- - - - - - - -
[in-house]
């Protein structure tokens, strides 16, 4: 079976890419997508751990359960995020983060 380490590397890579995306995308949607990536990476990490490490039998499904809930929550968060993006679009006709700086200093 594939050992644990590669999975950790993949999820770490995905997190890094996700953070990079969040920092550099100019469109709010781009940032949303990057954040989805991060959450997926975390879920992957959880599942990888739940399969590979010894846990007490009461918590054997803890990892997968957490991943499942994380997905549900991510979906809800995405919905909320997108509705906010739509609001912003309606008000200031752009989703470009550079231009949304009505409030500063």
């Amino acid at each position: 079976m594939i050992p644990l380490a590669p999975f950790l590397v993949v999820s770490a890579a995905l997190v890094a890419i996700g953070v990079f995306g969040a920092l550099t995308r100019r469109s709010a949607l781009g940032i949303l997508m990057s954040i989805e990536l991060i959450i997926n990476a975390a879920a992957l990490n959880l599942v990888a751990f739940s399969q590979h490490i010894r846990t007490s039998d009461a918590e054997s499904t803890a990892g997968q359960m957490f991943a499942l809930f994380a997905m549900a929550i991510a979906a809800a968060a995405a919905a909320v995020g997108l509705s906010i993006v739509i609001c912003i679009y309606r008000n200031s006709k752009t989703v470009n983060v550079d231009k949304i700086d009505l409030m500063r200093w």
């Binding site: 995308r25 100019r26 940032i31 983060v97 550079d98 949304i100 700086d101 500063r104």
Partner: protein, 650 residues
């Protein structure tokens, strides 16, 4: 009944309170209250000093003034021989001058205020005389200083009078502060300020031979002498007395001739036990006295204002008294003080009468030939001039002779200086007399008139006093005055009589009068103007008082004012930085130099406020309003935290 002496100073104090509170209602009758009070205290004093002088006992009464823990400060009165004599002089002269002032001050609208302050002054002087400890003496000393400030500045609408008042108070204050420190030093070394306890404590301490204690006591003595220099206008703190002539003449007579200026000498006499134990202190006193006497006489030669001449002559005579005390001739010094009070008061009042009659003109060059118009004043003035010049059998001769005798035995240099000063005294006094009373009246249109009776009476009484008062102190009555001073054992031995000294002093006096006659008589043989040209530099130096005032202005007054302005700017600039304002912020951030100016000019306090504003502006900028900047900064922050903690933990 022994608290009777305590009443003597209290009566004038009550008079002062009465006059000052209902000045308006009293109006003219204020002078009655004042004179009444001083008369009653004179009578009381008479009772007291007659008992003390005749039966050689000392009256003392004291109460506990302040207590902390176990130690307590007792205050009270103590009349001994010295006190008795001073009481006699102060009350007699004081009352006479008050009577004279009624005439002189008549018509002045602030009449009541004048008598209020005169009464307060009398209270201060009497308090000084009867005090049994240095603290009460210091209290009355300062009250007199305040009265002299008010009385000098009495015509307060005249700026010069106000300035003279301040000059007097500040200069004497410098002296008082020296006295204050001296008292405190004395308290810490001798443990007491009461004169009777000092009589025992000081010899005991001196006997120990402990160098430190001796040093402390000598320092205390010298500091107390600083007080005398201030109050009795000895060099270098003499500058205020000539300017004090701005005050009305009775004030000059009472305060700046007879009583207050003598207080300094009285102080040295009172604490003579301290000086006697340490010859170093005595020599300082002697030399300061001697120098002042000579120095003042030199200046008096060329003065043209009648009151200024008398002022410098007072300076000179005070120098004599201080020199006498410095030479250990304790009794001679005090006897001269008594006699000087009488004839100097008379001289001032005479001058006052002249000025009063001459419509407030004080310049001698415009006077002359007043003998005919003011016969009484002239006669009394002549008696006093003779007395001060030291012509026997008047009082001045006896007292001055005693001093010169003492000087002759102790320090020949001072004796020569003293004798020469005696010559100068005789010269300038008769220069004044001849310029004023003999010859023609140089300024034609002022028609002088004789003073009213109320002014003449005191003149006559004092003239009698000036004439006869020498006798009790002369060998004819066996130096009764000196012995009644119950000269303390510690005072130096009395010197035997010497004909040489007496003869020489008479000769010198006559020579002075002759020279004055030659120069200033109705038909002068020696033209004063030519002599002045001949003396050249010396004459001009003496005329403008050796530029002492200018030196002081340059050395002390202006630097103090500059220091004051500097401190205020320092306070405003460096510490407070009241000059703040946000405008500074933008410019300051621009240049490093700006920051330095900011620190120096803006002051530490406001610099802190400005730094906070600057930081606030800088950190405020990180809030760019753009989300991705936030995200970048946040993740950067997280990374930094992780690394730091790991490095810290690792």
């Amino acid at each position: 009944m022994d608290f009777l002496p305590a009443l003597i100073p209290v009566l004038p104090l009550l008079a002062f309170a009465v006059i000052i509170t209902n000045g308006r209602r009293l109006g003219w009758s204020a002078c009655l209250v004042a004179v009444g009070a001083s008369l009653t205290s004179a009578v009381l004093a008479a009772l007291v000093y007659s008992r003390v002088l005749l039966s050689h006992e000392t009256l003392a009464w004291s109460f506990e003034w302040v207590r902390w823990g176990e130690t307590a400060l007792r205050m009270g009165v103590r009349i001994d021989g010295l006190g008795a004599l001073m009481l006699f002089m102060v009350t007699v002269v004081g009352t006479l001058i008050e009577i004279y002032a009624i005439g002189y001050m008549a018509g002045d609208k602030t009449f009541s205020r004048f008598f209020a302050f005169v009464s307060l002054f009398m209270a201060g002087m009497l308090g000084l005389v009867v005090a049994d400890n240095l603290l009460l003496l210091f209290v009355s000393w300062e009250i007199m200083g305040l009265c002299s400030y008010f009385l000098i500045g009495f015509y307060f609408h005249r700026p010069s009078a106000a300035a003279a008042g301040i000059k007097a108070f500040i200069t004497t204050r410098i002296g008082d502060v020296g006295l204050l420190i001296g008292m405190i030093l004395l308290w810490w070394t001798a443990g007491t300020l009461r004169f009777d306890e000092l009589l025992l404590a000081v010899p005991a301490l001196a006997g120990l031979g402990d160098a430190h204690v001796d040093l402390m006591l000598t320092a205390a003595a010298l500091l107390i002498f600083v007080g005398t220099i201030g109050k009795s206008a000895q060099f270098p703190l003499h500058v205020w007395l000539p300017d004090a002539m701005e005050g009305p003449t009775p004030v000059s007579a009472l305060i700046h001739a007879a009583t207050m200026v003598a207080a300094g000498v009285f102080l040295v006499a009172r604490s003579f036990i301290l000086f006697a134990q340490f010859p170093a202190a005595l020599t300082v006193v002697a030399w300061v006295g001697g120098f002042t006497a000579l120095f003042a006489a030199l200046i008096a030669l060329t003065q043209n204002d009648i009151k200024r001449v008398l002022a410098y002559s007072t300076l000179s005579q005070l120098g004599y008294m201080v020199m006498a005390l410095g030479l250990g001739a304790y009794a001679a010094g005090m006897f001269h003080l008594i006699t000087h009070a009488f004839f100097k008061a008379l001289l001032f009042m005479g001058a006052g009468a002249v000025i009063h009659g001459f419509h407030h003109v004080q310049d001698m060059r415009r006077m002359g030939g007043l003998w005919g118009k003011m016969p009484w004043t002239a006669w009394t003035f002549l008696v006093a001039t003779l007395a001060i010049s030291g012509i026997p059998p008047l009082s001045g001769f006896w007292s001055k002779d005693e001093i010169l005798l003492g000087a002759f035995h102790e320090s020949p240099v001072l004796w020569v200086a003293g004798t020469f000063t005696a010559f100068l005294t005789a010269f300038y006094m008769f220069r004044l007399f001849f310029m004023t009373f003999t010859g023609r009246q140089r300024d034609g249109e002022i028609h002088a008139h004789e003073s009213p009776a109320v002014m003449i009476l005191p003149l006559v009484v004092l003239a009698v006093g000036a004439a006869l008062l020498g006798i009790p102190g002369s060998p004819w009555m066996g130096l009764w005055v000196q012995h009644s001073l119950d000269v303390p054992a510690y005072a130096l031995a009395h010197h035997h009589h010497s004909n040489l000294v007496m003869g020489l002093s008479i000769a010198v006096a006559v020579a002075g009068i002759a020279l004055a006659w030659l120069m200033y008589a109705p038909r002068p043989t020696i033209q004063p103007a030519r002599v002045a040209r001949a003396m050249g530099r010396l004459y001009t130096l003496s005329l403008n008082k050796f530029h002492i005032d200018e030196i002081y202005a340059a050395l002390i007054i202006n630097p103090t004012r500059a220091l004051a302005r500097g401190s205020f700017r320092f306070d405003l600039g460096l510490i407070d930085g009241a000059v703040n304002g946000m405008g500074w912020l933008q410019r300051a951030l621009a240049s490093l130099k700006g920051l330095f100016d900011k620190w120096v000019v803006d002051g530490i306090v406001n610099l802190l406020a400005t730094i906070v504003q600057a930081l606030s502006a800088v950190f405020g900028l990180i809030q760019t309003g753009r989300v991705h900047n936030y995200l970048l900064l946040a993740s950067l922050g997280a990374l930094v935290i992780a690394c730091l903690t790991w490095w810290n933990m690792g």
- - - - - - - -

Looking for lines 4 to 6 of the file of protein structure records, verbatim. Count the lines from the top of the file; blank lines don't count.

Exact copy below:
């Binding site: 995308r25 100019r26 940032i31 983060v97 550079d98 949304i100 700086d101 500063r104």
Partner: protein, 650 residues
């Protein structure tokens, strides 16, 4: 009944309170209250000093003034021989001058205020005389200083009078502060300020031979002498007395001739036990006295204002008294003080009468030939001039002779200086007399008139006093005055009589009068103007008082004012930085130099406020309003935290 002496100073104090509170209602009758009070205290004093002088006992009464823990400060009165004599002089002269002032001050609208302050002054002087400890003496000393400030500045609408008042108070204050420190030093070394306890404590301490204690006591003595220099206008703190002539003449007579200026000498006499134990202190006193006497006489030669001449002559005579005390001739010094009070008061009042009659003109060059118009004043003035010049059998001769005798035995240099000063005294006094009373009246249109009776009476009484008062102190009555001073054992031995000294002093006096006659008589043989040209530099130096005032202005007054302005700017600039304002912020951030100016000019306090504003502006900028900047900064922050903690933990 022994608290009777305590009443003597209290009566004038009550008079002062009465006059000052209902000045308006009293109006003219204020002078009655004042004179009444001083008369009653004179009578009381008479009772007291007659008992003390005749039966050689000392009256003392004291109460506990302040207590902390176990130690307590007792205050009270103590009349001994010295006190008795001073009481006699102060009350007699004081009352006479008050009577004279009624005439002189008549018509002045602030009449009541004048008598209020005169009464307060009398209270201060009497308090000084009867005090049994240095603290009460210091209290009355300062009250007199305040009265002299008010009385000098009495015509307060005249700026010069106000300035003279301040000059007097500040200069004497410098002296008082020296006295204050001296008292405190004395308290810490001798443990007491009461004169009777000092009589025992000081010899005991001196006997120990402990160098430190001796040093402390000598320092205390010298500091107390600083007080005398201030109050009795000895060099270098003499500058205020000539300017004090701005005050009305009775004030000059009472305060700046007879009583207050003598207080300094009285102080040295009172604490003579301290000086006697340490010859170093005595020599300082002697030399300061001697120098002042000579120095003042030199200046008096060329003065043209009648009151200024008398002022410098007072300076000179005070120098004599201080020199006498410095030479250990304790009794001679005090006897001269008594006699000087009488004839100097008379001289001032005479001058006052002249000025009063001459419509407030004080310049001698415009006077002359007043003998005919003011016969009484002239006669009394002549008696006093003779007395001060030291012509026997008047009082001045006896007292001055005693001093010169003492000087002759102790320090020949001072004796020569003293004798020469005696010559100068005789010269300038008769220069004044001849310029004023003999010859023609140089300024034609002022028609002088004789003073009213109320002014003449005191003149006559004092003239009698000036004439006869020498006798009790002369060998004819066996130096009764000196012995009644119950000269303390510690005072130096009395010197035997010497004909040489007496003869020489008479000769010198006559020579002075002759020279004055030659120069200033109705038909002068020696033209004063030519002599002045001949003396050249010396004459001009003496005329403008050796530029002492200018030196002081340059050395002390202006630097103090500059220091004051500097401190205020320092306070405003460096510490407070009241000059703040946000405008500074933008410019300051621009240049490093700006920051330095900011620190120096803006002051530490406001610099802190400005730094906070600057930081606030800088950190405020990180809030760019753009989300991705936030995200970048946040993740950067997280990374930094992780690394730091790991490095810290690792």